Teardown and Design

The Hue Bridge has two screws that you need to remove before you can pop off the back. Even with the screws out, popping the back off is tricky—it has an interesting snap-in mechanism. Here’s what the back looks look like; the two white “feet” at the bottom are covering the screws. I used tools from iFixIt to get this open.

Once you open it up, you can see the back side of the PCB, and the snap-in connecter I mentioned earlier.

The PCB is connected to the front of the Bridge using a ribbon connector. This cable provides the power and signals for the LEDs and the Link button.

The main PCB has the two primary components of the Hue Bridge, an ST Microelectronics STM32F217VE Microcontrollerand a Texas Instruments CC2530 ZigBee Controller.

There is also an RF range extender (CC2590) coupled to the CC2530. The STM MCU has an integrated Ethernet controller, but as a whole the design has very few components. It’s clear that the majority of the cost for the Starter Pack is in the bulbs and not in the Bridge. (Based on the total kit price, the Bridge is $20 more than the cost of the three bulbs, though of course that leaves plenty of room for profit margins.) The image below shows the antenna for ZigBee:

I’ll cover the technology behind the Hue Bridge in a moment, but the choice of microcontroller for this design is a clear indication that this is primarily a purpose-built device. That is, it does not have the horsepower to extend to different types of applications due to the limitations of the CPU and the amount of memory. Nonetheless, it is well suited for the function at hand; let’s look at the specifics of the technology behind Hue before we get into a discussion of what it can and cannot do.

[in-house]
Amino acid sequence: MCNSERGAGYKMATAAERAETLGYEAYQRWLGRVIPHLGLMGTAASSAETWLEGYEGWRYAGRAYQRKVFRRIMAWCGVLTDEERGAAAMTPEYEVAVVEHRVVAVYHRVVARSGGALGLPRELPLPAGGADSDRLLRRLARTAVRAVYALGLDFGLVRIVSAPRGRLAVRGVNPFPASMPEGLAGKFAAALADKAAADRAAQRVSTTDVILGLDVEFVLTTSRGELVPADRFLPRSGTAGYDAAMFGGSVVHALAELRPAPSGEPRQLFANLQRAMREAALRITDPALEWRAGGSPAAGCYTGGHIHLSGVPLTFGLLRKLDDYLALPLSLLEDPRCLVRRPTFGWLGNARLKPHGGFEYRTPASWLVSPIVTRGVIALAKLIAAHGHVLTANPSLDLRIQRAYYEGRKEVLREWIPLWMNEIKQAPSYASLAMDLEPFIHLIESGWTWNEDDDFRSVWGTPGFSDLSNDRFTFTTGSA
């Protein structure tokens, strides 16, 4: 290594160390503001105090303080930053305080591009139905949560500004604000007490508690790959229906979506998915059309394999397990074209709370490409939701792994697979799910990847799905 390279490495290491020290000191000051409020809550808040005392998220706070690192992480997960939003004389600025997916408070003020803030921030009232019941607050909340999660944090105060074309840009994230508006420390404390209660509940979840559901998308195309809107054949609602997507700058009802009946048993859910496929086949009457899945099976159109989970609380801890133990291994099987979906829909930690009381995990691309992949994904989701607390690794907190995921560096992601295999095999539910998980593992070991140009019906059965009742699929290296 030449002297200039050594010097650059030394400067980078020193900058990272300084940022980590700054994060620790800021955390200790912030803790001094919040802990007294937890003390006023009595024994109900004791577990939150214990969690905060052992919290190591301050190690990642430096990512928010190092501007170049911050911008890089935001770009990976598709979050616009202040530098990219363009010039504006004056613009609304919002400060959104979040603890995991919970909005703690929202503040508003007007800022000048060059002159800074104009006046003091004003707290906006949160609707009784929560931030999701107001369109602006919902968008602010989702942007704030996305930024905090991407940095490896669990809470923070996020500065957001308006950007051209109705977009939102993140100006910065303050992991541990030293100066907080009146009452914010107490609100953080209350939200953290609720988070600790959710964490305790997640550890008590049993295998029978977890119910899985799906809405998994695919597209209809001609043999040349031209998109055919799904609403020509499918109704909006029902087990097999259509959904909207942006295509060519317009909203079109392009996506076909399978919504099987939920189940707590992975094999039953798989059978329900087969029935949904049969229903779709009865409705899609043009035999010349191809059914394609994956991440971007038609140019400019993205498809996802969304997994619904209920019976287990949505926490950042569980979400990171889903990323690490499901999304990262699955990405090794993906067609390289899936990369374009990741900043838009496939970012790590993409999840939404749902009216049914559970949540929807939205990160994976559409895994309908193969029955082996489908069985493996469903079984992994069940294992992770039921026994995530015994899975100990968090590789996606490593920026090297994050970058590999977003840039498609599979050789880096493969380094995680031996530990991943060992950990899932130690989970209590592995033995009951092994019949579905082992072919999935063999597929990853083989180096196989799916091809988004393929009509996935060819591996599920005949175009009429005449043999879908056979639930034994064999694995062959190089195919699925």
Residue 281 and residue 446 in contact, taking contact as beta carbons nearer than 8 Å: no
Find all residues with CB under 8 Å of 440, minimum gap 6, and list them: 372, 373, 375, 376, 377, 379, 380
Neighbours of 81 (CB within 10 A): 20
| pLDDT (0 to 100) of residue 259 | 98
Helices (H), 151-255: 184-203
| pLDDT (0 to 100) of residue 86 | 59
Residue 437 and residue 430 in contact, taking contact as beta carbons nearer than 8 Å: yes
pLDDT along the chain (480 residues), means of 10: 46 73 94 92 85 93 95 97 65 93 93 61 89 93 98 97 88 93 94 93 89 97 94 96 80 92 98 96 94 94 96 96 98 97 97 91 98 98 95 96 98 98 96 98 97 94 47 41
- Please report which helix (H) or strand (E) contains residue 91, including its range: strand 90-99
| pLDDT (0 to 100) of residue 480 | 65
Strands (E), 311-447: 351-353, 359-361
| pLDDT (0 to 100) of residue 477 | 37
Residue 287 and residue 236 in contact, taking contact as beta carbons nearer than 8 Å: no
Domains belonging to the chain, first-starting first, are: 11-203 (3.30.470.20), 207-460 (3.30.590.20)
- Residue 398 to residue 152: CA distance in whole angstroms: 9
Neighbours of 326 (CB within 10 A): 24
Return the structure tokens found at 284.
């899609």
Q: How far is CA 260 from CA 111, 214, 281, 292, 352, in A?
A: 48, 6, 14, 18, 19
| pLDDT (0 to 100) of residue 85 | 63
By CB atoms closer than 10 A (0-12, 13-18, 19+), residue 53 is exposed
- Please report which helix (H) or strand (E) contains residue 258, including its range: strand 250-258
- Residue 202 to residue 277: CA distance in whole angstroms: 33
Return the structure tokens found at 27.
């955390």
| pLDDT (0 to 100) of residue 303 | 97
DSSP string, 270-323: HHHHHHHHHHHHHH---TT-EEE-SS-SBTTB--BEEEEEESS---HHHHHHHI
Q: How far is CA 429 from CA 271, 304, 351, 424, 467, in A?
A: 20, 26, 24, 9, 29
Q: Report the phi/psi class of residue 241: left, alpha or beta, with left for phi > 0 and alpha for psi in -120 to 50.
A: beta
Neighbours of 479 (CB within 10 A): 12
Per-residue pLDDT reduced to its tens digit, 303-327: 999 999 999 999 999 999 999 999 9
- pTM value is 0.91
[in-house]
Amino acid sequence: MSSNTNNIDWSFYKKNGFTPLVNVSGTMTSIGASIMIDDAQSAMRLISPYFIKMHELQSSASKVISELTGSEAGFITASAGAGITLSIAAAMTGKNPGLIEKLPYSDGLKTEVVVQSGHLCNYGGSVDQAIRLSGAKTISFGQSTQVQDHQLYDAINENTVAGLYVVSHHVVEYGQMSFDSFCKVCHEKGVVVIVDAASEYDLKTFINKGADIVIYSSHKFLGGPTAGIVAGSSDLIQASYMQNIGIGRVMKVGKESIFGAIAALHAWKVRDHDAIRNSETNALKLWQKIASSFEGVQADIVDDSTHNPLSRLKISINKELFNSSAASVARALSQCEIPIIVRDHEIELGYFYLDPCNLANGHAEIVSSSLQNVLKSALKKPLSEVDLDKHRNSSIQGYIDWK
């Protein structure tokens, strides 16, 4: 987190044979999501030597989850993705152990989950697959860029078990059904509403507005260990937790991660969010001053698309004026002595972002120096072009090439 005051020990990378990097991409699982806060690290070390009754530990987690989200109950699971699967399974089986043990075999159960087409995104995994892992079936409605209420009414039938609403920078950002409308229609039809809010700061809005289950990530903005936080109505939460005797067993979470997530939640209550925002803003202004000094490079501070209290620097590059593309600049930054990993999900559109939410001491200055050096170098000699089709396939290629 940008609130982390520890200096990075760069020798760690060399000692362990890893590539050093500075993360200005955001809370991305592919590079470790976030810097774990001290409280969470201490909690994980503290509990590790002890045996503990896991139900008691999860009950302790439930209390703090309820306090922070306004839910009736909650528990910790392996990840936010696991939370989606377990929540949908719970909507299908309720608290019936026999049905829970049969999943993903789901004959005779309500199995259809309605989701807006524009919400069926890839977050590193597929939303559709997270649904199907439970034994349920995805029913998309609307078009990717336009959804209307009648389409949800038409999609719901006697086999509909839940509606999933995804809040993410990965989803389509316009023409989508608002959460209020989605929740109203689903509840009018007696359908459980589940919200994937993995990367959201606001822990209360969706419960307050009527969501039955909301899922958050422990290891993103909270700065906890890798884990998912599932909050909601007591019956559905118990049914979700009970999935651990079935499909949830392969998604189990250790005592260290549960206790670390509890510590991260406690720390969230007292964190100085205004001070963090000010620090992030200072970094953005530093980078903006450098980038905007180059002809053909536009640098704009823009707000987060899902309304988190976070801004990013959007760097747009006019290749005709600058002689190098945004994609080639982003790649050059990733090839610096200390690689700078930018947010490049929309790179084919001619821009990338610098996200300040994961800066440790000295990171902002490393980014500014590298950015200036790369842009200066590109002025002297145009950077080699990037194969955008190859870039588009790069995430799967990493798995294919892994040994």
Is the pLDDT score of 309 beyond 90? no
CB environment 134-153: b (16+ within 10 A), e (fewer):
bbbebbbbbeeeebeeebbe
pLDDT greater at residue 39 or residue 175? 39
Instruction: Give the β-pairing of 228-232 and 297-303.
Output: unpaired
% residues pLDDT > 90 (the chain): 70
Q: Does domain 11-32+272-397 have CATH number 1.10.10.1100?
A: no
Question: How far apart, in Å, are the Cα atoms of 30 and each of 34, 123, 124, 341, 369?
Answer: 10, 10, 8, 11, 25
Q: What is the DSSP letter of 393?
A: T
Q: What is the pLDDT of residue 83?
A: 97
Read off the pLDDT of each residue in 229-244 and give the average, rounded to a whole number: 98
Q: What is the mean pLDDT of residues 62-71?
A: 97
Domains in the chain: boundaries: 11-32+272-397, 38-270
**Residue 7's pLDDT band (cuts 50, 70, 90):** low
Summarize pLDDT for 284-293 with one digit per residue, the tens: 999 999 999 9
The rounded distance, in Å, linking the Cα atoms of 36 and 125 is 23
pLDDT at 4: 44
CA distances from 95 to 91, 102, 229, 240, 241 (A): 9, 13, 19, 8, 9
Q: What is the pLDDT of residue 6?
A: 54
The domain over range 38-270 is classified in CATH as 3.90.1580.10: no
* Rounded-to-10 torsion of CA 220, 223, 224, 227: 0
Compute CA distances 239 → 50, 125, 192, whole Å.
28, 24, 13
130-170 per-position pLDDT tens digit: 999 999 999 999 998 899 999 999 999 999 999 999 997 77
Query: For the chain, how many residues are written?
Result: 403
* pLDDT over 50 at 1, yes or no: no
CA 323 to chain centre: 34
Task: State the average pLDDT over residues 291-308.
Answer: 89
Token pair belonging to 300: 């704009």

Philips Hue Setup Technology
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  • Franks8519 - Saturday, March 16, 2013 - link

    A practical question. Has anyone used these in a 6" ceiling can? It looks like they might be too small to be effective. I love the concept, but do they get lost in a 6" can? Reply
  • BravoRomeo - Sunday, April 7, 2013 - link

    You could use the Hue bulbs in a 6" can, but they would have about the same soft/diffuse lighting effect as installing a bare 50W frosted incandescent or a 12W CFL spiral. Adding a parabolic reflector trim would help direct light downward, as without such, much light is wasted into the can and would be disappointing.

    A better solution, if you don't need the color changing, is the Cree CR6 LED retrofits, which are available at Home Depot for $25 to $35 (as well is a smaller 4" retrofit). Excellent color rendering with Cree's "TrueWhile" led array, dim ability, and they look great since you get a new trim as well. Cleverly, the included white trim is part of the heat sink for the LEDs. I installed two in my bathroom and am very pleased. It would be nice if Philips brings the Hue technology to a similar format.

    Philips have said they are working on other bulb formats for Hue, including the venerable BR30 commonly used in 6" recessed can lights. If they can get them as bright as the Cree solution, I might be interested. I'd also like to see some emphasis on more directional lighting, which in both track and recessed applications adds much visual drama to interior lighting design. I love those Halo recessed fixtures with the hidden aimable MR16 bulb... $200 per fixture, but great for illuminating artwork without drawing attention to themselves.
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  • Sascha Schweitzer - Wednesday, April 10, 2013 - link

    With the Hue Alarm Clock app you can now set wake-up timers on Android. Really missed that feature in the Philips app... Reply
  • calvin@123 - Thursday, March 30, 2017 - link

    Smart Electronics and Smart RGBW LED Controller with dimmer brings colorful led and wide range implementations give you the power to control LEDs with Bluetooth and Micro Controller firmware software build
    Checkout our link : http://www.pupaclic.com/iot/smart-rgbw-led-control...
    Reply

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